Updated.Looks like the vote on the 700 MHz auction rulemaking is finally in, and as expected the commission adopted some of the open-networking proposals championed by Google, but not all. While Google carefully lauds the FCC for its action in a post on the company’s public policy blog, both Google and other observers (like the analysts at Stifel, Nicolaus) are guessing that the fine print in the rules (they will likely be published in a couple weeks) will make it extremely hard for any new national provider to surface.
Official releases now are on the
No info yet on the FCC site; the rules passed on a 4-1 vote, with commissioner Robert McDowell, the new friend of the incumbent telcos, as the only commish against Martin’s plan. UPDATES, after the jump.
“The FCC took real but incomplete progress this afternoon,” said Rick Whitt, Google’s lead policy exec, in a conference call Tuesday afternoon, lauding the openness conditions but lamenting the omission of rules enforcing wholesale access to the spectrum. When asked if Google would still bid on the spectrum, Whitt said Google “didn’t say it wouldn’t,” meaning that Google will make that decision at a later date.
Hundt: Frontline Down, Not Out — A quick call with Frontline Wireless co-founder Reed Hundt following the FCC vote found the former FCC chairman discouraged but not defeated. “The FCC [vote] did not make it impossible for us, but they did make it clear that they weren’t going to use [the auction rules] to alter the importance of Verizon and AT&T,” Hundt said. Hundt’s take is that since the rules do allow for a bidder to construct a private-public partnership for public-safety buildout, there is still a chance for ideas like Frontline’s to succeed, but only if tech companies who agree with its goals stop “acting like warring Scottish clans” and instead band together more closely in their efforts.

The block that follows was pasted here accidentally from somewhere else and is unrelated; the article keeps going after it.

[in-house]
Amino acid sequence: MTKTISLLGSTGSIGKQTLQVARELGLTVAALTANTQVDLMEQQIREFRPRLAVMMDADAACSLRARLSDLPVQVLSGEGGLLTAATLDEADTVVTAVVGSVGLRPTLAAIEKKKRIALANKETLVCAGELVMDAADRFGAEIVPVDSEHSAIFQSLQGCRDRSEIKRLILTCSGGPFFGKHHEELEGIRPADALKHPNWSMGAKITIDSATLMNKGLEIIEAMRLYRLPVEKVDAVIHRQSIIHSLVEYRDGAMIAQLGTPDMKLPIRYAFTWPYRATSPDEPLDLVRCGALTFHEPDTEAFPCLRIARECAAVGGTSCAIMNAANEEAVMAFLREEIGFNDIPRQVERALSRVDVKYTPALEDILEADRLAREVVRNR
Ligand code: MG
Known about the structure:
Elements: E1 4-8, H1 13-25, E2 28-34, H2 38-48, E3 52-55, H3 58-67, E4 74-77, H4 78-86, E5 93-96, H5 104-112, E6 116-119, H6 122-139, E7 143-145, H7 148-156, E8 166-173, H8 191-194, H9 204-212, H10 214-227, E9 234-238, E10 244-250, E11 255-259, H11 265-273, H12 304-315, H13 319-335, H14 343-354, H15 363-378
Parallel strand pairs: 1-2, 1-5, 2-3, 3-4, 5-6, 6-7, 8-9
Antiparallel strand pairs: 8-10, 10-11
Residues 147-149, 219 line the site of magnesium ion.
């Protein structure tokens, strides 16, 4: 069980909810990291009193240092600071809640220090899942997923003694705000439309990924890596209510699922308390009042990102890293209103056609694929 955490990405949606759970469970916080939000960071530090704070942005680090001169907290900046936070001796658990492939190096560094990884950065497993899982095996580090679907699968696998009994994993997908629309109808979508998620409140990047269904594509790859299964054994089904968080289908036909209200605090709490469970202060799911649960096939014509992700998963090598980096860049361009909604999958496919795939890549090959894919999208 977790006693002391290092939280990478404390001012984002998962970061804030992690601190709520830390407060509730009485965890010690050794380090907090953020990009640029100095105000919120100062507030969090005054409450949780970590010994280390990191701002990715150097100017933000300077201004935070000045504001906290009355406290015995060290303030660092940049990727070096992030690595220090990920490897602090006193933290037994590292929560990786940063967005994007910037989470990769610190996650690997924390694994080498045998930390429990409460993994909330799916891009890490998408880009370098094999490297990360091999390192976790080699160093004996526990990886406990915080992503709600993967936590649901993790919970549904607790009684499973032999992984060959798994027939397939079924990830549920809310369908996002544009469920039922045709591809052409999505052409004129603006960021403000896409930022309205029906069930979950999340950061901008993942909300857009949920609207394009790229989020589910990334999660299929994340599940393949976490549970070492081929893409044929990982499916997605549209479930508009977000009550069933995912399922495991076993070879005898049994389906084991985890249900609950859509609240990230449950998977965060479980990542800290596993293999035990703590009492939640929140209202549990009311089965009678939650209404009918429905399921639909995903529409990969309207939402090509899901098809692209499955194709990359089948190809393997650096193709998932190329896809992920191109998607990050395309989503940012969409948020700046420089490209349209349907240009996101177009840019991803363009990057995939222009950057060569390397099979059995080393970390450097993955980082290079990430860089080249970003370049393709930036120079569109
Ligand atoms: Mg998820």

Markey Hails Decision — Massachussets Rep. Ed Markey, Chairman of the House Subcommittee on Telecommunications and the Internet, sent an email message praising the rulemaking decision, calling it an “innovation-fostering decision.” Markey’s office said the rules will allow a bidder to assemble enough spectrum to become a national player, and said that getting the open conditions attached to the rulemaking (but not wholesale conditions) was still a win for consumers.
AT&T Happy that Google Didn’t Win — An email statement “attributed to Jim Cicconi, AT&T Senior Executive Vice President, External and Legislative Affairs” said:
Though we have not yet seen the details of today’s decision on the 700 MHz spectrum auction, the FCC appears to have struck a reasonable balance between the competing interests debating the Google Plan. As we’ve previously noted, if Google is serious about introducing a competing business model into the wireless industry, Chairman Martin’s compromise plan allows them to bid in the auction, win the spectrum, and then implement every one of the conditions they seek. We commend the FCC for adopting this approach rather than stacking the deck in Google’s favor.